On April 18, John Carlisle announced the second cohort of Chain Reaction Innovations (CRI) following an extensive two-part pitch competition and reviews by panels of industry experts, investors, scientists and engineers. CRI is the Midwest’s first entrepreneurship program to embed innovators in a national laboratory.
DOE’s Office of Energy Efficiency and Renewable Energy (EERE) created the Lab-Embedded Entrepreneurship Programs to provide an institutional home for innovative postdoctoral researchers to build their research into products and train to be entrepreneurs. The two-year program is funded by EERE’s Advanced Manufacturing Office (AMO). CRI is located at Argonne and supported by area mentors from the Polsky Center for Entrepreneurship and Innovation at the University of Chicago and the Purdue Foundry at Purdue University.
“CRI will accelerate the development of sustainable and energy-efficient technologies and drives manufacturing growth by helping startups and innovators reduce development costs and risks.” — John Carlisle, director of CRI.
“We need entrepreneurs in cleantech to drive innovation, and we need a stronger connection between national laboratories and entrepreneurs to accelerate that,” said AMO Director Rob Ivester. “The more we as a nation drive technologies into applications that change manufacturing, the more we realize the direct benefits of that innovation through job creation, economic growth and global competitiveness.”
Eighty-three innovators from 26 states applied to earn a spot. The goal: Embed in Argonne for two years and access the lab’s scientific expertise, world-class facilities and mentorship to support them in developing their innovative technologies. The new technologies focus on enhancing energy efficiency or sustainability, and overcoming complex scientific challenges to improve quality of life. Technologies in advanced manufacturing, smart grid, grid-level storage, graphene, water, electronics and energy conversion made it to the final competition.
“Argonne National Laboratory, as one of the nation’s leading energy science laboratories, and the University of Chicago, which operates Argonne on behalf of the Department of Energy and is home to the Polsky Center for Entrepreneurship and Innovation, are particularly well-positioned to spur energy technology innovation,” said Eric Isaacs, executive vice president for research, innovation and the national laboratories at the University of Chicago. “The new cohort in Chain Reaction Innovations can draw from the expertise of these two institutions, and the city of Chicago’s entrepreneurial ecosystem for startups with a growing investor network and several of the nation’s top engineering schools.”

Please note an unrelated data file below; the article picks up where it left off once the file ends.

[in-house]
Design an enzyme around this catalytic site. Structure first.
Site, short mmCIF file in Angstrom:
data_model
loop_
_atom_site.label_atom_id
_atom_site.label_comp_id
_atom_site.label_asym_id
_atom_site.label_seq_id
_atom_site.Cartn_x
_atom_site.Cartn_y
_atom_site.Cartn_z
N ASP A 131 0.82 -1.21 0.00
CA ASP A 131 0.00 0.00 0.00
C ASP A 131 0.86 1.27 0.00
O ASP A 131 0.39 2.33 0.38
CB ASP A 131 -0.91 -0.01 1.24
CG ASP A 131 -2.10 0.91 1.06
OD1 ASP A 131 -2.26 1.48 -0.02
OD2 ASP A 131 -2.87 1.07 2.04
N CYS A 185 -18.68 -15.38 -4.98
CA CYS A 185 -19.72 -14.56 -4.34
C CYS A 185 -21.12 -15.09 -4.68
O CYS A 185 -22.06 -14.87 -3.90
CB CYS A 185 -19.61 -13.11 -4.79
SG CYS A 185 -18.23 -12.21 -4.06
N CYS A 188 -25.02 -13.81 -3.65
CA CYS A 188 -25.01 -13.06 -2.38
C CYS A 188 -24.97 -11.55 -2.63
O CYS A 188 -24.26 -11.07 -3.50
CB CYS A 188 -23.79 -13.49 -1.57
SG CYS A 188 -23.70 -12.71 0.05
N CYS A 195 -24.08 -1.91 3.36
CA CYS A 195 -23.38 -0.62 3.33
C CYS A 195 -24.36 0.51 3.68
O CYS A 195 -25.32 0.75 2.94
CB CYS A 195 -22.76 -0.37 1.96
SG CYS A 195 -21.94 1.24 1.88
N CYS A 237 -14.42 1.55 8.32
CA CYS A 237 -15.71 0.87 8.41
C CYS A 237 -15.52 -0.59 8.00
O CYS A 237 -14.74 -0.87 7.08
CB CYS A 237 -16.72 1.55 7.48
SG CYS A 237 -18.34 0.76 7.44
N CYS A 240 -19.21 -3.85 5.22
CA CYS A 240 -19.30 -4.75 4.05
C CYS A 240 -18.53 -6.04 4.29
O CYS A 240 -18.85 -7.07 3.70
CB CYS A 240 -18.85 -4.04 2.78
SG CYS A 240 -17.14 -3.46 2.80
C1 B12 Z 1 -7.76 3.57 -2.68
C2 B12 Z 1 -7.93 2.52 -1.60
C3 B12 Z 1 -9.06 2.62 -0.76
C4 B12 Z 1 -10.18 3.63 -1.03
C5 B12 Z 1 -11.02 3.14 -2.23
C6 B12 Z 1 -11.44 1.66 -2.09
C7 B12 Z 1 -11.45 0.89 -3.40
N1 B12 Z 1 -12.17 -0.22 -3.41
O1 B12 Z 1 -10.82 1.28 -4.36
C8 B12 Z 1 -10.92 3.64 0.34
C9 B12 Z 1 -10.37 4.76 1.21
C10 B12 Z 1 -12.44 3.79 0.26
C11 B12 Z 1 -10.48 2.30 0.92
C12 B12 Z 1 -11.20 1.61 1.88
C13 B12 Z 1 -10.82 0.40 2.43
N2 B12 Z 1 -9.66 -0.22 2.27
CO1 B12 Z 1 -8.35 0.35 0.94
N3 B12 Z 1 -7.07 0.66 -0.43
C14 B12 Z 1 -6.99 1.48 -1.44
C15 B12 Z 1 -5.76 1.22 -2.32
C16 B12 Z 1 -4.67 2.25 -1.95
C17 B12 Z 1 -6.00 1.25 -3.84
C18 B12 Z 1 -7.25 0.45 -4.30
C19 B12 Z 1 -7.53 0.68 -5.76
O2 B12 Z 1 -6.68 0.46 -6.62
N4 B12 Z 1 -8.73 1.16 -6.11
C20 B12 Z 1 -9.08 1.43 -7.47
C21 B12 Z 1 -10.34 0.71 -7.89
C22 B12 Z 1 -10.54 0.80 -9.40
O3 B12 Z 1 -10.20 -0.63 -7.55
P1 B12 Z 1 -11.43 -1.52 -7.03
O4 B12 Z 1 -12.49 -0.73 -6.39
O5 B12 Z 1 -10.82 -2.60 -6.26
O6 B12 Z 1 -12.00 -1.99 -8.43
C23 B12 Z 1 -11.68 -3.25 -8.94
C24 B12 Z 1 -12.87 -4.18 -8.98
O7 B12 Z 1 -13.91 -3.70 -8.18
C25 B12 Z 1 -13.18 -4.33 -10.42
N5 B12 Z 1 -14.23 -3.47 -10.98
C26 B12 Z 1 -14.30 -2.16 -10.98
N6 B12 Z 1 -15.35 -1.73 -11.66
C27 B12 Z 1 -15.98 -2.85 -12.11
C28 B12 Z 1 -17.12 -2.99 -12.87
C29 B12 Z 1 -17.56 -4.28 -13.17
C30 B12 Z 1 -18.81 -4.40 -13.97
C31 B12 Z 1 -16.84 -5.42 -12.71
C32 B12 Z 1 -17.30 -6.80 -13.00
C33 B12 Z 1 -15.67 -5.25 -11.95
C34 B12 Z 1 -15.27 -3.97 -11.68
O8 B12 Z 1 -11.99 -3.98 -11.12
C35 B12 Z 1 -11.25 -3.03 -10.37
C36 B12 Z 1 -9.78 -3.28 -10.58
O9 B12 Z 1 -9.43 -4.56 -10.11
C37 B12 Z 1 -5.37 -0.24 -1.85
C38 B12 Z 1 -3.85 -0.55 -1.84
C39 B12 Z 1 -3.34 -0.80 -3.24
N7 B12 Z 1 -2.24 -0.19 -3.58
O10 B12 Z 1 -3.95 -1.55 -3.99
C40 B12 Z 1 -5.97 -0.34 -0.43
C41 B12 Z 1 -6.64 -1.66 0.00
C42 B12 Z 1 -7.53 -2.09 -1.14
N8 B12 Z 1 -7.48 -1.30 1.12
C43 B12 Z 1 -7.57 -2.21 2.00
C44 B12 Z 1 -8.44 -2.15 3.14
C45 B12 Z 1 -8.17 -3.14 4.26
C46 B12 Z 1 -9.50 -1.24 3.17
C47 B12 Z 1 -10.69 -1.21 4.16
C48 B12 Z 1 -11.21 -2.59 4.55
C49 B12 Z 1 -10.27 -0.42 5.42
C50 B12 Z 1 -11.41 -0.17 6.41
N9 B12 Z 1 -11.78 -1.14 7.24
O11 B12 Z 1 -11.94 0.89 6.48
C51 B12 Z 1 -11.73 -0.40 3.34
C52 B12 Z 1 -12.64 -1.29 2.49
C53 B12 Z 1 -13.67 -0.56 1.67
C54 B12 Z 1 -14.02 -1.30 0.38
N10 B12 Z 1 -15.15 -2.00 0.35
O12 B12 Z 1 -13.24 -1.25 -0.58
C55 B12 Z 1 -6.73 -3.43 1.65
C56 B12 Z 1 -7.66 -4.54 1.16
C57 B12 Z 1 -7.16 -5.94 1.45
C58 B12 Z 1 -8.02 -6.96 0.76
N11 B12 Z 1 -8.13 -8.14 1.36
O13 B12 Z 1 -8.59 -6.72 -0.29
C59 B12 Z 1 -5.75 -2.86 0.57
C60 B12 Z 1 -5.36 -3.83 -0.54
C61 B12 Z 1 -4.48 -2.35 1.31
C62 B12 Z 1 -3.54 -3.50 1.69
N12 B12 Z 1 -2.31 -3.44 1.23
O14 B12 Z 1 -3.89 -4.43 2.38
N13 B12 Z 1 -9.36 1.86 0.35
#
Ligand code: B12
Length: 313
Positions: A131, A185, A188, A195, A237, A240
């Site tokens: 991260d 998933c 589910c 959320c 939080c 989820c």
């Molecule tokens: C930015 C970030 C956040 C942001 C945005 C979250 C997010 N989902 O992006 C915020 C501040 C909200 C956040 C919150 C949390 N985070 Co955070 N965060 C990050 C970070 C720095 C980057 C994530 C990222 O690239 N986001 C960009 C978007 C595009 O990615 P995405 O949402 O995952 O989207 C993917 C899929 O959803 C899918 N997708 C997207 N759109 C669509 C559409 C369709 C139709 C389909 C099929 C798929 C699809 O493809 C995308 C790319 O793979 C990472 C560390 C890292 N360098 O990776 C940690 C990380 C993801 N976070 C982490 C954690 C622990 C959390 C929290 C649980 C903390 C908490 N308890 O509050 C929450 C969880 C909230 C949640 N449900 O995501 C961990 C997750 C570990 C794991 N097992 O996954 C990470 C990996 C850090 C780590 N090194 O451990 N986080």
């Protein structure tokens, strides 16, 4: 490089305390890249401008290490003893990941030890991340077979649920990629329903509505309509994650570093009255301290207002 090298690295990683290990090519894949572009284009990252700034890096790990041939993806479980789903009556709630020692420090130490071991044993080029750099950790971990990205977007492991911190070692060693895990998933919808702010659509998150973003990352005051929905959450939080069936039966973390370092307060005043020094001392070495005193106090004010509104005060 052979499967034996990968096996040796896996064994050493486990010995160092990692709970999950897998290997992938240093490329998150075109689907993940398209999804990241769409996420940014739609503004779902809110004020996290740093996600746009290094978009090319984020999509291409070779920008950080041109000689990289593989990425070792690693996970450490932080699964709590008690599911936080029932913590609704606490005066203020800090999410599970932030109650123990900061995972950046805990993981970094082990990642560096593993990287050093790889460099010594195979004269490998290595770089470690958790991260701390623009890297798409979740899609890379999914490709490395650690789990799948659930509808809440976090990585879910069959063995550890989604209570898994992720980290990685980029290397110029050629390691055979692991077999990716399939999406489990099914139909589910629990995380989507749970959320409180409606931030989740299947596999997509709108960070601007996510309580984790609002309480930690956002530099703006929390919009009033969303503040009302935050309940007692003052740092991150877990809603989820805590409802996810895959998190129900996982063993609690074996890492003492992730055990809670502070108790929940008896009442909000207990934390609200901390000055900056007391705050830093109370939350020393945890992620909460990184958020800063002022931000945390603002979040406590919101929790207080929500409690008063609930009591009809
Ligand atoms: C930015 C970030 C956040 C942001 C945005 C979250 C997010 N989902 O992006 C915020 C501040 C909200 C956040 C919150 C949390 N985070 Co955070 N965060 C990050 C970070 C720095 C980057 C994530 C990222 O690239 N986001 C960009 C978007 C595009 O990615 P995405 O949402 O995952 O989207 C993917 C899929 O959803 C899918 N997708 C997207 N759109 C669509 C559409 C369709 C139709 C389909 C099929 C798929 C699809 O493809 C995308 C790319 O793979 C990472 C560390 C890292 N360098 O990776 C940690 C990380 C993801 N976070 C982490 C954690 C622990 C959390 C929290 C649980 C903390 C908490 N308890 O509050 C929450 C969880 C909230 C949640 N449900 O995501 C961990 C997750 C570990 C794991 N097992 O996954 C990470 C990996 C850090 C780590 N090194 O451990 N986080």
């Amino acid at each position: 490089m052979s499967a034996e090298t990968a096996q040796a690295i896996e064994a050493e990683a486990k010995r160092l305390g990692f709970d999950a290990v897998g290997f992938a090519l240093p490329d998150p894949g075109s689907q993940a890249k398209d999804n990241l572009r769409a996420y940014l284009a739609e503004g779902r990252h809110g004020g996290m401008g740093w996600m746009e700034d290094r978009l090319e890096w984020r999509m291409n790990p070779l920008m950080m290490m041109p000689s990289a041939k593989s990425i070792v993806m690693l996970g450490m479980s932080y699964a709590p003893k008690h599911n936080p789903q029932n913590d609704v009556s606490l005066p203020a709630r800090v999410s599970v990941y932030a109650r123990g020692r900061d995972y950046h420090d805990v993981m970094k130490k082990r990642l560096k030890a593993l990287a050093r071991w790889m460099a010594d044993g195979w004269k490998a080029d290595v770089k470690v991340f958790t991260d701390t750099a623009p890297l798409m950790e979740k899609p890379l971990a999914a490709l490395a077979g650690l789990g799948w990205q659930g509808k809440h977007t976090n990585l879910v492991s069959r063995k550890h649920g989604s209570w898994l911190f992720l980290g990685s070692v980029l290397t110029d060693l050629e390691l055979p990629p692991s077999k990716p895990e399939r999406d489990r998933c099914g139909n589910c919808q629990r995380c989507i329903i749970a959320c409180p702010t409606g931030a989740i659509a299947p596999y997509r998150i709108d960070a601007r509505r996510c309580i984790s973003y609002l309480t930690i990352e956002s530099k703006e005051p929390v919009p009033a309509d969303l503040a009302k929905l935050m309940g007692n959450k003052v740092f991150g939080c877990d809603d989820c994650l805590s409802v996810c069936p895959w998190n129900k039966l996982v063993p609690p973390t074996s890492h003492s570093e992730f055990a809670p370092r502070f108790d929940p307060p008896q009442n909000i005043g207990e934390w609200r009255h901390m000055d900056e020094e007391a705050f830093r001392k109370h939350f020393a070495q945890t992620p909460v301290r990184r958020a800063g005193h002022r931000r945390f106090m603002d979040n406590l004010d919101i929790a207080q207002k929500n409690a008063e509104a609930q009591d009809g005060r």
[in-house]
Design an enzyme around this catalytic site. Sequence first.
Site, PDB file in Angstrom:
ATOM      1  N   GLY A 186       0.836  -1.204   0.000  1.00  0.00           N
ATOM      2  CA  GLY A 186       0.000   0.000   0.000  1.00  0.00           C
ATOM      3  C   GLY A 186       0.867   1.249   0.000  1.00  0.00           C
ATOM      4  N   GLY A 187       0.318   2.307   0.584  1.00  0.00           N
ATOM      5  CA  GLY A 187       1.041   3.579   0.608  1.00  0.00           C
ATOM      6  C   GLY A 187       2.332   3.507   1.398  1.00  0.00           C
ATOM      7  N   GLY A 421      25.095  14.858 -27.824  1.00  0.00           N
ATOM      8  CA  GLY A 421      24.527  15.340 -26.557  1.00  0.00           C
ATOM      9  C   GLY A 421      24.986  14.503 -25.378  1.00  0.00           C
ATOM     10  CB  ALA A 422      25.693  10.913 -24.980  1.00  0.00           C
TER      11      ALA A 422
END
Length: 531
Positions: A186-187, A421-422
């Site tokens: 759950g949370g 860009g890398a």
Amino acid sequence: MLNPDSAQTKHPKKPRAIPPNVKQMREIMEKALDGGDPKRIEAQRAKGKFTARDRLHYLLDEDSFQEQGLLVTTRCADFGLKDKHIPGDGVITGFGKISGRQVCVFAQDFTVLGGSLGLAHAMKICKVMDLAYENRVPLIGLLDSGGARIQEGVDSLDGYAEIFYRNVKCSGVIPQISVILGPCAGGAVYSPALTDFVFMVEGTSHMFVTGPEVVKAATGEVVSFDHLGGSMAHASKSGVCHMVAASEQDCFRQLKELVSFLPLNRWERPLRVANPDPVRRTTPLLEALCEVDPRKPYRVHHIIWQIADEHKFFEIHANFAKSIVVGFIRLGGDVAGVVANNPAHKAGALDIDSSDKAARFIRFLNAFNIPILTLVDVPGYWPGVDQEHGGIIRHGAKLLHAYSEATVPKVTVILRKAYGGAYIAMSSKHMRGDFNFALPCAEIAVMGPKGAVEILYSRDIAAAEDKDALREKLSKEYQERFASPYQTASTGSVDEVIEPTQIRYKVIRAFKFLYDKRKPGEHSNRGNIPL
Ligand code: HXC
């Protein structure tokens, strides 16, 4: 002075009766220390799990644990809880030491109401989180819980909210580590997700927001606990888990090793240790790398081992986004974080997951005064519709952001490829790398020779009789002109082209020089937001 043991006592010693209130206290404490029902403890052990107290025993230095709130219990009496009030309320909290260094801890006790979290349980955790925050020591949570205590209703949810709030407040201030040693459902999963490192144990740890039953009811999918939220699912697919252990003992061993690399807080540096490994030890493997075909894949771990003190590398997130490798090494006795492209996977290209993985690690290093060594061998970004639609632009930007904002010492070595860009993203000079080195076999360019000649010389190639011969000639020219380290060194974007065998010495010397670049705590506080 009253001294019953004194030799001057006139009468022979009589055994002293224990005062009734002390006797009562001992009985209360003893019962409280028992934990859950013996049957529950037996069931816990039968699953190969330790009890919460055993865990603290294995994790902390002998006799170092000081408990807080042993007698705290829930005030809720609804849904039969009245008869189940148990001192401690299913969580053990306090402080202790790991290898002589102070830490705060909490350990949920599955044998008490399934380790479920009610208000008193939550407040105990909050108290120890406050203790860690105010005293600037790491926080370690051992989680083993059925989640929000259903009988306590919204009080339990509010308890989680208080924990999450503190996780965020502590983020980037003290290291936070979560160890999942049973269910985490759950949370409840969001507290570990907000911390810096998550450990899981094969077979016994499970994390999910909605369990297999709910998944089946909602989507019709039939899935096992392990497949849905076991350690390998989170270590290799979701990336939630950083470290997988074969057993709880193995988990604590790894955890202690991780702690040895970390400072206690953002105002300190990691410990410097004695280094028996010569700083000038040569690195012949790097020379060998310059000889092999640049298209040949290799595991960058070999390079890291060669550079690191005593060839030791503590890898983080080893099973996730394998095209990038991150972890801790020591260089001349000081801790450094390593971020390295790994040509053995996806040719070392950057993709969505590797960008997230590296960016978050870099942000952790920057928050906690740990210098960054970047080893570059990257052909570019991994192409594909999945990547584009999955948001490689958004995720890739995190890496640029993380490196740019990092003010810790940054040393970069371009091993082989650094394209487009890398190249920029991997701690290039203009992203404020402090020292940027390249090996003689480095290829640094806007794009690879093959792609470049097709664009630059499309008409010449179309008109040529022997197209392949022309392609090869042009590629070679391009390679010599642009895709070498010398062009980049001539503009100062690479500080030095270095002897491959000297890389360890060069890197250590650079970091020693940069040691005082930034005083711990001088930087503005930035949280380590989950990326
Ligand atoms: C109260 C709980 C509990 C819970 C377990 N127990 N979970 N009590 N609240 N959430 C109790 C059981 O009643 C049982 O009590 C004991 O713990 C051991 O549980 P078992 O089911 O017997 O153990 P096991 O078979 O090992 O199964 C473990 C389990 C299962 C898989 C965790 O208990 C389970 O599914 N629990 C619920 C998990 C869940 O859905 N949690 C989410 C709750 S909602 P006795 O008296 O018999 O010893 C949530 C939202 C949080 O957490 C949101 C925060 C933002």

“The Purdue Foundry has a strong track record of launching successful science-based businesses,” said Tim Peoples, managing director of the Purdue Foundry. “We are thrilled to be able to leverage that expertise to help Argonne and CRI innovators commercialize clean energy solutions that create new businesses and manufacturing opportunities.”
Innovators of the second cohort will focus on the following technologies and goals:
Erika Boeing (St. Louis): DRIVETRAINS FOR SMALL WIND POWER
Boeing wants to drastically lower the cost of small wind turbine technology. She is developing small-scale wind power systems that can be integrated as part of a sustainable energy platform to power buildings. These design features efficiently capture and translate high velocity wind currents into energy. The key innovation involves a flywheel-based drive train that minimizes costs associated with power electronics that are economically prohibitive for small wind applications.
Tom Guarr (Michigan State University): ORGANIC MATERIALS FOR ENERGY STORAGE
Guarr wants to use molecular design principles to create organic compounds that will revolutionize the field of energy storage. He is developing a small molecule that enables the production of a novel flow cell battery for energy storage. The structural flexibility of the molecule depends on its redox state which translates into electrolyte solutions that can function with simple barrier separation as opposed to ion selective membranes found in the state-of-the-art flow batteries.
Chad Husko (Columbia University): INTEGRATED HYBRID SILICON LASERS
Husko wants to harness emerging materials for applications in silicon photonics for energy-efficient computing and data centers. He is developing technology that reduces optical interface footprint and provides a highly efficient manufacturing technology for hybrid silicon based lasers. The technology has been advanced to show the principles of experimental feasibility by demonstrating components function in a controlled laboratory environment.
David Manosalvas-Kjono (Stanford University): DYNAMIC FLOW CONTROL SYSTEMS FOR VEHICLES